Tragedy over Dorset

The Whitley bomber was outdated at the start of the war but with no alternatives available was kept on offensive operations until 1942.

In the early hours of 4th April [but see comments below] a black painted Hurricane night fighter from No. 87 Squadron flying from RAF Charmy Down, Somerset was patrolling in the dark watching for the frequent German raiders targeting the ports of South Wales and Bristol. With no technical aids and reliant only on his eyes, the pilot of the Hurricane found a twin engine bomber heading south at 10,000 feet. It was headed in the direction of German bombers returning to bases in France.

The pilot stalked the returning German raider for several minutes unseen before opening fire and watching the bomber spin out of control to crash near the market town of Sturminster Newton in Dorset. Four crew members were able to escape by parachute, but the rear gunner was later found dead in the wreckage.

The tragedy was that the rear gunner was Sgt William Brindley of the RAF. The Hurricane night fighter had shot down a Whitley bomber from No. 51 Squadron, on course for the the Nazi battle cruisers at Brest. Sergeant Brindley now lies in the cemetery near RAF Dishforth, his home base.

This was but one incident of ‘friendly-fire’. How common such events were is hard to assess, as no publicity was given to them at the time and RAF records remain opaque.

A Royal Air Force Hawker Hurricane Mark IIC (s/n BE500, ‘LK-A’, “United Provinces Cawnpore”) being flown by Squadron Leader Dennis Smallwood, the Commanding Officer of No. 87 Squadron RAF based at RAF Charmy Down, Somerset (UK). No. 87 Squadron was one of the first RAF night fighter squadrons. Sqn Ldr Smallwood led the squadron in 1941-42, when most intercepts were made entirely without on-board radar. The aircraft is painted in an overall black scheme known in the RAF as “Special Night”. BE500 subsequently served with No. 533 Squadron RAF and finally in the Far East.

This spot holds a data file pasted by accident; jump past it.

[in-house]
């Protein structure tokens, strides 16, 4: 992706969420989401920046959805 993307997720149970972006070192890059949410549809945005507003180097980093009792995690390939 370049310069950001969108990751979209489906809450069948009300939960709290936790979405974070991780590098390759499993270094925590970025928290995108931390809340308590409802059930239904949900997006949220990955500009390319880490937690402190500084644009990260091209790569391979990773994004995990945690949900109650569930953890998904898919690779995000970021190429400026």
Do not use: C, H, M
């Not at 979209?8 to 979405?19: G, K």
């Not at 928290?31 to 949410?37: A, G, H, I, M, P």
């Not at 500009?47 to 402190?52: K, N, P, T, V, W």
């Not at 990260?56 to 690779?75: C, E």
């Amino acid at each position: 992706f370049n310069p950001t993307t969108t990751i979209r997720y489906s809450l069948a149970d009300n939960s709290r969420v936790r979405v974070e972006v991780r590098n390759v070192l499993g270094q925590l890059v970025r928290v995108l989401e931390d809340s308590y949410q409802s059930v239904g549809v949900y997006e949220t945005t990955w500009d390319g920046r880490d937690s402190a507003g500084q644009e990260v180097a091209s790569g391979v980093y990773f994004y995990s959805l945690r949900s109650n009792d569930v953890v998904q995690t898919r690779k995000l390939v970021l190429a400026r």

4 thoughts on “Tragedy over Dorset”

  1. The Pilot Officer Alabaster who successfully escaped by parachute is probably the “Wing Commander Alabaster” who James Penny met whilst serving at RAF Bourn, August 1943. It’s mentioned (p.110) in “the Lucky Penny” book, by James Penny. FlyPast magazine (July 2014) reports that Wing Commander Cliff Alabaster died on Febuary 11th 2014, aged 95.

  2. Just came across this. Thank you for writing it.

    My Dad was one of the four who bailed. He always told the story of the “incident” with a lot of emotion.


    I always thought it was the 3rd April 1941, 2115 to 2120 hours.

    More details Whitley T4299 of 51 Sqn was shot down near Blandford Dorset for not showing Resin lights at 10,000 feet, apparently crashing half a mile NE of the village of Manston, near Sturminster Newton, Dorset. Sgt W. N. Brindley 938689 (Sgt William Norman Brindley) was killed.

    It was later reported that F/Lt J. C. Carver had failed to identify the Whitley, according to A.V.M. Sir C. Quinton Brand, of No. 10 Group and W/Cdr Harvey. Air Marshal W. S Douglas raised the point that there was a lack of information concerning the movements of friendly bombers in the Filton Sector and that he was instructing A.O.C. No.10 Group to put this right immediately.

    Other crew (uninjured) of Whitley T4299 were:-
    43046 P/O Norman Edward Sharp;
    81065 F/O Robert Clifford Alabaster;
    11643 [poss partial, number 11643?] Sgt J. A. Gibson;
    755506 Sgt L. U. Allum.

    Hope this gives you more information. Regards

  3. How pleased and proud it must make the site editors to make such a clear connection between the events of a day and the kin of those directly effected, and how wonderful in this case for Mr. Brindley to learn what actually happened. Congratulations for a job well done.

  4. Thank you for shedding some light on what happend to my uncle whome I am named after . I was told a different story as a child and think my father and grandparents never new the truth. regards Bill Brindley

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